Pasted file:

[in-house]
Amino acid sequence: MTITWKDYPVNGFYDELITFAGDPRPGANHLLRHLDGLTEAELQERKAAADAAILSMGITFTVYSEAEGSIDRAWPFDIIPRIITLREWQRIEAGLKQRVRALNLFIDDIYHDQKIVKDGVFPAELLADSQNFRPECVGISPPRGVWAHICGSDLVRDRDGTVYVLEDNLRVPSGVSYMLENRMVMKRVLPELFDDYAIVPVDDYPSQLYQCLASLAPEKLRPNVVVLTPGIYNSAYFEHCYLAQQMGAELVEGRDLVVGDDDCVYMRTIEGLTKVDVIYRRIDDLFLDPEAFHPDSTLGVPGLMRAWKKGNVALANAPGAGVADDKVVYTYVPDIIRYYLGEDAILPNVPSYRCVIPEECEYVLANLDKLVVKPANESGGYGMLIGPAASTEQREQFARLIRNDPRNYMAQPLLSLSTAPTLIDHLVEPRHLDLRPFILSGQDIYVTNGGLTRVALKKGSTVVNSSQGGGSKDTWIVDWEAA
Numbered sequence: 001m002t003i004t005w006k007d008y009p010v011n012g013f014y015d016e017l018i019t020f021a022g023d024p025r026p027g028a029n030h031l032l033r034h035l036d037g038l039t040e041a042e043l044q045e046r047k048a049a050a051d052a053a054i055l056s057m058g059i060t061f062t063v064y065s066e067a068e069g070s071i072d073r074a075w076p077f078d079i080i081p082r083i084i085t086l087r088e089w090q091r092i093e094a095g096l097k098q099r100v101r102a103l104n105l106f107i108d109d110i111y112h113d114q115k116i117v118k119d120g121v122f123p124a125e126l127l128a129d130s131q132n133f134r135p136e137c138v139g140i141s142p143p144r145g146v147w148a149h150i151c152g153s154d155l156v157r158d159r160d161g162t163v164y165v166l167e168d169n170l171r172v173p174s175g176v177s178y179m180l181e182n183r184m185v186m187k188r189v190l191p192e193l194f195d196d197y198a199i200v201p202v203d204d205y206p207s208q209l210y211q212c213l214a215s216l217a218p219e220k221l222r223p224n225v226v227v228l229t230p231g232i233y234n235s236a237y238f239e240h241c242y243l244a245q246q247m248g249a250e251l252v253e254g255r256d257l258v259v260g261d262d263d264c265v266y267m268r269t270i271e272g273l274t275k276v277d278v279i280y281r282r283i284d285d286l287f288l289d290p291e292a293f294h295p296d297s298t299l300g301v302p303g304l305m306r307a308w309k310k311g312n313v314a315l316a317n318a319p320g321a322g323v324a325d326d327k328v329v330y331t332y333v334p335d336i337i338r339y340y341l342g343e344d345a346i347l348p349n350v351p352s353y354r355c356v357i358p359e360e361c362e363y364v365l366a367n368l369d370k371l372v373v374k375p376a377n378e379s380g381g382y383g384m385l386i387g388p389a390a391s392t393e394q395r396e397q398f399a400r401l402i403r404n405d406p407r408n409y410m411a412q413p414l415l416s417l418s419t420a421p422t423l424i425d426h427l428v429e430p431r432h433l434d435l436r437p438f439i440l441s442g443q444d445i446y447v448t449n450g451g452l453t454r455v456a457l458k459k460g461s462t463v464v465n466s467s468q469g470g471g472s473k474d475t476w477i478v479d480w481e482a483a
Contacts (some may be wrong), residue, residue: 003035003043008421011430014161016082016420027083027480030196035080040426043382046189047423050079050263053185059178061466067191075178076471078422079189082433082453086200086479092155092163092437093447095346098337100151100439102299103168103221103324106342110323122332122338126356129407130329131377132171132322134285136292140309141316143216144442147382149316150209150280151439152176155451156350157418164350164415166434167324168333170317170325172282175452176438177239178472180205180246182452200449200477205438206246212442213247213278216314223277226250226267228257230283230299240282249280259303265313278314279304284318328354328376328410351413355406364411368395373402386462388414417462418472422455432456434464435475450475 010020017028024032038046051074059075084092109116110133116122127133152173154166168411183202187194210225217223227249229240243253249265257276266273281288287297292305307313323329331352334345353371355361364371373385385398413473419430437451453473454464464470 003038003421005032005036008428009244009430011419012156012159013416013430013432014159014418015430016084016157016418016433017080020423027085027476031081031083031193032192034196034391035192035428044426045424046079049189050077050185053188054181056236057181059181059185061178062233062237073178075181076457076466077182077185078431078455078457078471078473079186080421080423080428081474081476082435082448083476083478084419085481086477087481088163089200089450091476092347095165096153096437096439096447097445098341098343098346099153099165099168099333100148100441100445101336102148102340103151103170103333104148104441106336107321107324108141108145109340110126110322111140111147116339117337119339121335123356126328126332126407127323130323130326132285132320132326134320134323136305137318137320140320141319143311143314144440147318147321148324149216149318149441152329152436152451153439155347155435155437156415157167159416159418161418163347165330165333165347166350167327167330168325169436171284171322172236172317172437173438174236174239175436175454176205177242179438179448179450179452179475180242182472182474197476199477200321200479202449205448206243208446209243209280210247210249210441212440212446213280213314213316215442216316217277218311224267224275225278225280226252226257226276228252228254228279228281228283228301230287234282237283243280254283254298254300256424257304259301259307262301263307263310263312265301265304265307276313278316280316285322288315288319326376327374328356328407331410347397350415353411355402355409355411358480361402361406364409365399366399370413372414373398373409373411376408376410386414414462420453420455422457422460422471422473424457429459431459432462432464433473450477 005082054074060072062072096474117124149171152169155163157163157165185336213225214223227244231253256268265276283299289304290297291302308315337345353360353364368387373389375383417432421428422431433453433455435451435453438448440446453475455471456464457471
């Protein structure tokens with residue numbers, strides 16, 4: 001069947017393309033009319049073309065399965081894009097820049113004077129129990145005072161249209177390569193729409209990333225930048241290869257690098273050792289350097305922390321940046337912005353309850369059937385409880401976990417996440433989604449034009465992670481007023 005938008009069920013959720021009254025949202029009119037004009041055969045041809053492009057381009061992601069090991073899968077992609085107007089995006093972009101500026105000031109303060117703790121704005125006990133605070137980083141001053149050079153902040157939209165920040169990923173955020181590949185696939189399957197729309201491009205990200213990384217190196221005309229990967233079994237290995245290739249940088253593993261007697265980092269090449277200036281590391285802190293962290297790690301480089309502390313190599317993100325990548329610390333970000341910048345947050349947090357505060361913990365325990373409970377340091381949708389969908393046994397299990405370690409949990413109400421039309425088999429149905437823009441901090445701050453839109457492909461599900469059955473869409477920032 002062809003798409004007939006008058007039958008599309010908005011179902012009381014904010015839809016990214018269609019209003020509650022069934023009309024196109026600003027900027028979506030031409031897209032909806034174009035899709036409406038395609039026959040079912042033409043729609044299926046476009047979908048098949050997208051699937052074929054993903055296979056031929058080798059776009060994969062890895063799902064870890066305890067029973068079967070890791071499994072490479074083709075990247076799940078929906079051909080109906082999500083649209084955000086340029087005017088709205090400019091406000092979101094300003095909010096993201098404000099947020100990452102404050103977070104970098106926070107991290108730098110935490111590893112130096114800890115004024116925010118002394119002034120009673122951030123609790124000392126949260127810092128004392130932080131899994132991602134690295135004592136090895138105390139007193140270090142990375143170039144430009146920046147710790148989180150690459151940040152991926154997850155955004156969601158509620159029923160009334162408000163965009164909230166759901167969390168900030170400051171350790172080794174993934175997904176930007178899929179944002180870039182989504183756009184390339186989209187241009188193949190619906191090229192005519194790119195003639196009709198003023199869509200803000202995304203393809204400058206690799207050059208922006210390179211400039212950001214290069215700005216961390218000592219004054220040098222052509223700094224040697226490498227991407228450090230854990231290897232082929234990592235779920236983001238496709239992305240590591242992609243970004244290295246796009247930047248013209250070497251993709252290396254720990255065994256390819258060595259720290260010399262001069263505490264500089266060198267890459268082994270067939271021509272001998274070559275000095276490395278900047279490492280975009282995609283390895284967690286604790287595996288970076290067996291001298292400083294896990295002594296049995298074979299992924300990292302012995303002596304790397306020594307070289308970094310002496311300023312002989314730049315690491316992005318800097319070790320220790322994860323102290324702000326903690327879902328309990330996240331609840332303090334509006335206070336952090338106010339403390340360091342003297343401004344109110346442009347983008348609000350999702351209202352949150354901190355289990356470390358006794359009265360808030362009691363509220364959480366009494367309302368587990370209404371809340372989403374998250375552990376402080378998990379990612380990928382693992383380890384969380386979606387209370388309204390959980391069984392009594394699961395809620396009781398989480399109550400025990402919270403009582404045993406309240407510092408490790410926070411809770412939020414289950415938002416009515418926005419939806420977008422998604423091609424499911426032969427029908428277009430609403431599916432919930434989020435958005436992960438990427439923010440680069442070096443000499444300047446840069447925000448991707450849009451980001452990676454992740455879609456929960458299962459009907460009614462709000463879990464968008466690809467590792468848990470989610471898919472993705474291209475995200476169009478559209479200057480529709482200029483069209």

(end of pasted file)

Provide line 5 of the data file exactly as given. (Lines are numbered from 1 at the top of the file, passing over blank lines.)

């Protein structure tokens with residue numbers, strides 16, 4: 001069947017393309033009319049073309065399965081894009097820049113004077129129990145005072161249209177390569193729409209990333225930048241290869257690098273050792289350097305922390321940046337912005353309850369059937385409880401976990417996440433989604449034009465992670481007023 005938008009069920013959720021009254025949202029009119037004009041055969045041809053492009057381009061992601069090991073899968077992609085107007089995006093972009101500026105000031109303060117703790121704005125006990133605070137980083141001053149050079153902040157939209165920040169990923173955020181590949185696939189399957197729309201491009205990200213990384217190196221005309229990967233079994237290995245290739249940088253593993261007697265980092269090449277200036281590391285802190293962290297790690301480089309502390313190599317993100325990548329610390333970000341910048345947050349947090357505060361913990365325990373409970377340091381949708389969908393046994397299990405370690409949990413109400421039309425088999429149905437823009441901090445701050453839109457492909461599900469059955473869409477920032 002062809003798409004007939006008058007039958008599309010908005011179902012009381014904010015839809016990214018269609019209003020509650022069934023009309024196109026600003027900027028979506030031409031897209032909806034174009035899709036409406038395609039026959040079912042033409043729609044299926046476009047979908048098949050997208051699937052074929054993903055296979056031929058080798059776009060994969062890895063799902064870890066305890067029973068079967070890791071499994072490479074083709075990247076799940078929906079051909080109906082999500083649209084955000086340029087005017088709205090400019091406000092979101094300003095909010096993201098404000099947020100990452102404050103977070104970098106926070107991290108730098110935490111590893112130096114800890115004024116925010118002394119002034120009673122951030123609790124000392126949260127810092128004392130932080131899994132991602134690295135004592136090895138105390139007193140270090142990375143170039144430009146920046147710790148989180150690459151940040152991926154997850155955004156969601158509620159029923160009334162408000163965009164909230166759901167969390168900030170400051171350790172080794174993934175997904176930007178899929179944002180870039182989504183756009184390339186989209187241009188193949190619906191090229192005519194790119195003639196009709198003023199869509200803000202995304203393809204400058206690799207050059208922006210390179211400039212950001214290069215700005216961390218000592219004054220040098222052509223700094224040697226490498227991407228450090230854990231290897232082929234990592235779920236983001238496709239992305240590591242992609243970004244290295246796009247930047248013209250070497251993709252290396254720990255065994256390819258060595259720290260010399262001069263505490264500089266060198267890459268082994270067939271021509272001998274070559275000095276490395278900047279490492280975009282995609283390895284967690286604790287595996288970076290067996291001298292400083294896990295002594296049995298074979299992924300990292302012995303002596304790397306020594307070289308970094310002496311300023312002989314730049315690491316992005318800097319070790320220790322994860323102290324702000326903690327879902328309990330996240331609840332303090334509006335206070336952090338106010339403390340360091342003297343401004344109110346442009347983008348609000350999702351209202352949150354901190355289990356470390358006794359009265360808030362009691363509220364959480366009494367309302368587990370209404371809340372989403374998250375552990376402080378998990379990612380990928382693992383380890384969380386979606387209370388309204390959980391069984392009594394699961395809620396009781398989480399109550400025990402919270403009582404045993406309240407510092408490790410926070411809770412939020414289950415938002416009515418926005419939806420977008422998604423091609424499911426032969427029908428277009430609403431599916432919930434989020435958005436992960438990427439923010440680069442070096443000499444300047446840069447925000448991707450849009451980001452990676454992740455879609456929960458299962459009907460009614462709000463879990464968008466690809467590792468848990470989610471898919472993705474291209475995200476169009478559209479200057480529709482200029483069209």